Vegetal reverie for a cathedral



Our Lady of the Plants

by Gilles Clément

Bayard, 180 p., € 19.90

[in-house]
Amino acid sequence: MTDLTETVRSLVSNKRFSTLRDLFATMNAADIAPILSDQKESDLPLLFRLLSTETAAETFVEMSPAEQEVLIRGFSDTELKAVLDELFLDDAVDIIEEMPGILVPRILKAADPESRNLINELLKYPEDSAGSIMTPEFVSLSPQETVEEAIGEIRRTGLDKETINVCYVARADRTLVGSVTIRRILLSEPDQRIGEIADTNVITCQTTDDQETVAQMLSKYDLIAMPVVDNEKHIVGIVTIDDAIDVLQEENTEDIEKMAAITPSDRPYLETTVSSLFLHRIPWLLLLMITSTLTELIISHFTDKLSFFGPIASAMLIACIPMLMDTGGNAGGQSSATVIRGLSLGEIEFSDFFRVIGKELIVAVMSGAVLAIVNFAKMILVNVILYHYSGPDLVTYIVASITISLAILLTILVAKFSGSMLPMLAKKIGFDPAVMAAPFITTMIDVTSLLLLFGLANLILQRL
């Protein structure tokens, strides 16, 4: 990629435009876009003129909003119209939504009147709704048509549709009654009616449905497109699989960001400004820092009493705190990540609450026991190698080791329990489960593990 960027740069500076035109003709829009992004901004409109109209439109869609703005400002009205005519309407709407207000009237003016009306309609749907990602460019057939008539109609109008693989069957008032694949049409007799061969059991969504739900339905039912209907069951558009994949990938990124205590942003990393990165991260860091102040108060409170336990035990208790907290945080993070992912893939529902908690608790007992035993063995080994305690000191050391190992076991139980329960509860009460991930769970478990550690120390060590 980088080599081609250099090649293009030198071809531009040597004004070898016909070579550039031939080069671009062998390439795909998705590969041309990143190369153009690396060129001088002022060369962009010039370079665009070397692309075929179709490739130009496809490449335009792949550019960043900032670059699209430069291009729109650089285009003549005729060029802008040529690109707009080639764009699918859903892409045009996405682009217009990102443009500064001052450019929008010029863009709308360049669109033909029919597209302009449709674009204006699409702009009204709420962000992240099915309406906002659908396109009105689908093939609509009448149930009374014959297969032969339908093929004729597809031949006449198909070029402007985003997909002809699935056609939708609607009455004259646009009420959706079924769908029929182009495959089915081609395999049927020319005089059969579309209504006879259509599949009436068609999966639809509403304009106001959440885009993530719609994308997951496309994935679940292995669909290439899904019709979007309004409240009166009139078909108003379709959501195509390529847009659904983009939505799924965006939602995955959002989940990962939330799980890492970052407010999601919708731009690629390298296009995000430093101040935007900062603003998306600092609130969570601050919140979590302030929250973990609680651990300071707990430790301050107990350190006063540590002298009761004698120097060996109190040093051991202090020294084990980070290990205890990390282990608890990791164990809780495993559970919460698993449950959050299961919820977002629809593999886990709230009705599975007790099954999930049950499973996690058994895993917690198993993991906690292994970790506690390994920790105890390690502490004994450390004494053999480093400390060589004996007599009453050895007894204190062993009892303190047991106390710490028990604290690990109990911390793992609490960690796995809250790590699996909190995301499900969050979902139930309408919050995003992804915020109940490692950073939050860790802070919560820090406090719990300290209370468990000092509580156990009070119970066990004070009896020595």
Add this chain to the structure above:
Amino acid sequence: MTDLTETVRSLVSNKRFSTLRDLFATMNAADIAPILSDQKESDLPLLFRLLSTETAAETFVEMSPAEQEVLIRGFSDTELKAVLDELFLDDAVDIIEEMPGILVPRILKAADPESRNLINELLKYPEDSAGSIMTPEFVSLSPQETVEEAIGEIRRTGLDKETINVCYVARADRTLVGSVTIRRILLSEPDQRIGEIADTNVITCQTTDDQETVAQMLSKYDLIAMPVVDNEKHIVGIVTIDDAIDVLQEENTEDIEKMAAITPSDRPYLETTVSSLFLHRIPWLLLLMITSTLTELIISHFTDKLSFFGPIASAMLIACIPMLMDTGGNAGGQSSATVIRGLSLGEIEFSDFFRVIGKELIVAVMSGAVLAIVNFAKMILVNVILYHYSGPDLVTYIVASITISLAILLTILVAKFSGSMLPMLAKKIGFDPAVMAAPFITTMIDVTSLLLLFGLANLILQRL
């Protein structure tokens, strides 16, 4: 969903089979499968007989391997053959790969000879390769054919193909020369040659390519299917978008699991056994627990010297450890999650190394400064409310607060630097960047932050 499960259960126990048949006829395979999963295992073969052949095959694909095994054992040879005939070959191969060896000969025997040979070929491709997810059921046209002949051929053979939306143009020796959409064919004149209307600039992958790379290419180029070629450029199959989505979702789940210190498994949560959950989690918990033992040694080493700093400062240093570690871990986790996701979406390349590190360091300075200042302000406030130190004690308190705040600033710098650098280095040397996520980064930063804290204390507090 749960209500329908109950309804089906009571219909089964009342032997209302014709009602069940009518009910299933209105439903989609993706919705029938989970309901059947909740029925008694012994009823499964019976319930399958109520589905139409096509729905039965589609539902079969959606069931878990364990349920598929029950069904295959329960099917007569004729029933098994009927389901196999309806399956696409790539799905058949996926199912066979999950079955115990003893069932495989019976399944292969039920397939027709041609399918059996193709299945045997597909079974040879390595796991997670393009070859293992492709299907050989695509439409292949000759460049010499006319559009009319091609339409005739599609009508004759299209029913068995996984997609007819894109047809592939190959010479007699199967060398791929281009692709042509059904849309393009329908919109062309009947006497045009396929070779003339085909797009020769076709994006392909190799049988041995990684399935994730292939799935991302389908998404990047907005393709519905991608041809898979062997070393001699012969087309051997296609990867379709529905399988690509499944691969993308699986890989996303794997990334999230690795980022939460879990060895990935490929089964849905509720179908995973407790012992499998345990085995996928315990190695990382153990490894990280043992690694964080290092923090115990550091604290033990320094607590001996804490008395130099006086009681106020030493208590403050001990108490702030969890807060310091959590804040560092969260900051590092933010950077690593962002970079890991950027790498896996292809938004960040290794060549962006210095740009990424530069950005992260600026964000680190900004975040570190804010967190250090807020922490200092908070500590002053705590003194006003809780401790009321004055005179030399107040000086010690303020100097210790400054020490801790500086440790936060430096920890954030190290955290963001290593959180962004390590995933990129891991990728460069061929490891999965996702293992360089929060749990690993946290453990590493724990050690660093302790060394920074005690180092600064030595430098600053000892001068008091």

Children, in their games, often use the “what if …”, opening up the space of possibilities. Gilles Clément resembles them in these pages where he imagines another way of reconstructing Notre-Dame. “Since the light has finally entered this place, all we have to do is turn it into a garden! “, had launched the landscape gardener, during a conference where one asked him about what he thought of the site of reconstruction of the cathedral. Liking to cultivate words almost as much as plants, Gilles Clément was invited to deploy this intuition by the Bayard editions. The result is a little iconoclastic and springtime work, utopian and questioning. Gilles Clément defends his dream of seeing trees, flowers and herbs mingling with the stones of Notre-Dame. He does so in the form of a dialogue between an attendant for sacred affairs (PAS), shocked by the audacity of this proposal, and a mad weed who speaks for him, free and insolent, convinced that the beauty of the plant world to its place in this Gothic architecture. Utopia unfolds little by little, even taking shape in a few drawings. It takes shape in three spaces. First, a “approach garden” located on the forecourt. Then, in the cathedral, a greenhouse which would welcome the vines of the mass wine, the passion flower whose motif recalls the cross, a basin decorated with water lilies which would also serve as a holy water font … Finally, at the back of the cathedral, a free garden would spread its variegated grass. We may not recommend this reading to conservative minds, although … If a few skirmishes weigh down the subject, the imagination that emerges is powerful. Gilles Clément highlights how much the plant teaches us about gratuity, sharing, fragility, hope… If he sticks to a celebration of the natural world, believers can seize on its audacity to question the relationship from worship to creation.

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